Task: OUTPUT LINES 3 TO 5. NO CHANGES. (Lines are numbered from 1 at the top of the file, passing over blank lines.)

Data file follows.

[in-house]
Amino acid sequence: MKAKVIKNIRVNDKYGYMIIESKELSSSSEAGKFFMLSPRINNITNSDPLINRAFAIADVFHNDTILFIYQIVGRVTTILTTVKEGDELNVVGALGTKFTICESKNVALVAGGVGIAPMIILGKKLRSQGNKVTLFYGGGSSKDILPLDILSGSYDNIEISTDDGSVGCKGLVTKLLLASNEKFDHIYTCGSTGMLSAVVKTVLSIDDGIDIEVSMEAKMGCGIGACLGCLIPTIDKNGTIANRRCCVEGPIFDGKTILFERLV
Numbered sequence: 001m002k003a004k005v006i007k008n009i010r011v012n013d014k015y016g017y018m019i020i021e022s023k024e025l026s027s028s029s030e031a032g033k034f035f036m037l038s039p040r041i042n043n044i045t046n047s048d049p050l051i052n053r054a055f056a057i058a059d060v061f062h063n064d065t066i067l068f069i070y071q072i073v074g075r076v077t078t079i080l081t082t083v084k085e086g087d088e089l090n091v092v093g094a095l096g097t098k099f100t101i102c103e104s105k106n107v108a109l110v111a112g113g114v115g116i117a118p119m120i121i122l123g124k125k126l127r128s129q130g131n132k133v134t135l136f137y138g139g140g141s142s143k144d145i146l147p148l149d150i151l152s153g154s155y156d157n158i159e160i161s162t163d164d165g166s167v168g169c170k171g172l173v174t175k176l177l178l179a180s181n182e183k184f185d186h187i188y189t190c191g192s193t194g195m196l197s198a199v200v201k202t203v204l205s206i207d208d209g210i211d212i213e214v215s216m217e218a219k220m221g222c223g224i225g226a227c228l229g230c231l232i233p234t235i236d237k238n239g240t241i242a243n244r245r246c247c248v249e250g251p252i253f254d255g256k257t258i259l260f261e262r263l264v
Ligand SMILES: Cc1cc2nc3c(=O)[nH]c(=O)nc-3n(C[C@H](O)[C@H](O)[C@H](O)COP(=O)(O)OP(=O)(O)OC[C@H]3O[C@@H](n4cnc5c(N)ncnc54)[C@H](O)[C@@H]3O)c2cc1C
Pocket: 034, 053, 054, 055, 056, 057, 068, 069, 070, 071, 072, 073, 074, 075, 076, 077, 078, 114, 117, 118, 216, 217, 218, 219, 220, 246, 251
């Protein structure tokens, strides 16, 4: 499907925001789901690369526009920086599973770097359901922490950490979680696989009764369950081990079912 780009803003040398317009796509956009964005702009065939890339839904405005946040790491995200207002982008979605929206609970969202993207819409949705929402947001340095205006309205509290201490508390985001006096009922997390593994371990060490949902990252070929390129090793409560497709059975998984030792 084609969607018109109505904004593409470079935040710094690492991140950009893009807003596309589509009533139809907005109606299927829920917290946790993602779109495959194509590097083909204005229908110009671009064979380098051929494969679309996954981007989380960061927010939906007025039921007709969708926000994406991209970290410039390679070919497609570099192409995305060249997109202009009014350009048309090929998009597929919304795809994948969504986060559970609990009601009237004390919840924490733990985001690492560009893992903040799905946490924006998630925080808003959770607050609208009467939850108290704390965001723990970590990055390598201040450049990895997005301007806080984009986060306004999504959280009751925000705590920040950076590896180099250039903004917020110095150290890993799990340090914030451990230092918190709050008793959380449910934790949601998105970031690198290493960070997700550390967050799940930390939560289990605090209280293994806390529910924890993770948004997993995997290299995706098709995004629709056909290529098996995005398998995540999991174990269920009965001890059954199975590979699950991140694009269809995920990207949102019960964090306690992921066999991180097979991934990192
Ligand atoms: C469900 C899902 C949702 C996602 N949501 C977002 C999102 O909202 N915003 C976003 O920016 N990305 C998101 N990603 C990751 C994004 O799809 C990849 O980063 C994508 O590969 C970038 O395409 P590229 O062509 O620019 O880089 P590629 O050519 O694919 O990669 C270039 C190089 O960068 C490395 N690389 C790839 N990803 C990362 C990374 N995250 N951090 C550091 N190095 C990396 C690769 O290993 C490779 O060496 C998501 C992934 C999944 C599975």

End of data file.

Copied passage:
Numbered sequence: 001m002k003a004k005v006i007k008n009i010r011v012n013d014k015y016g017y018m019i020i021e022s023k024e025l026s027s028s029s030e031a032g033k034f035f036m037l038s039p040r041i042n043n044i045t046n047s048d049p050l051i052n053r054a055f056a057i058a059d060v061f062h063n064d065t066i067l068f069i070y071q072i073v074g075r076v077t078t079i080l081t082t083v084k085e086g087d088e089l090n091v092v093g094a095l096g097t098k099f100t101i102c103e104s105k106n107v108a109l110v111a112g113g114v115g116i117a118p119m120i121i122l123g124k125k126l127r128s129q130g131n132k133v134t135l136f137y138g139g140g141s142s143k144d145i146l147p148l149d150i151l152s153g154s155y156d157n158i159e160i161s162t163d164d165g166s167v168g169c170k171g172l173v174t175k176l177l178l179a180s181n182e183k184f185d186h187i188y189t190c191g192s193t194g195m196l197s198a199v200v201k202t203v204l205s206i207d208d209g210i211d212i213e214v215s216m217e218a219k220m221g222c223g224i225g226a227c228l229g230c231l232i233p234t235i236d237k238n239g240t241i242a243n244r245r246c247c248v249e250g251p252i253f254d255g256k257t258i259l260f261e262r263l264v
Ligand SMILES: Cc1cc2nc3c(=O)[nH]c(=O)nc-3n(C[C@H](O)[C@H](O)[C@H](O)COP(=O)(O)OP(=O)(O)OC[C@H]3O[C@@H](n4cnc5c(N)ncnc54)[C@H](O)[C@@H]3O)c2cc1C
Pocket: 034, 053, 054, 055, 056, 057, 068, 069, 070, 071, 072, 073, 074, 075, 076, 077, 078, 114, 117, 118, 216, 217, 218, 219, 220, 246, 251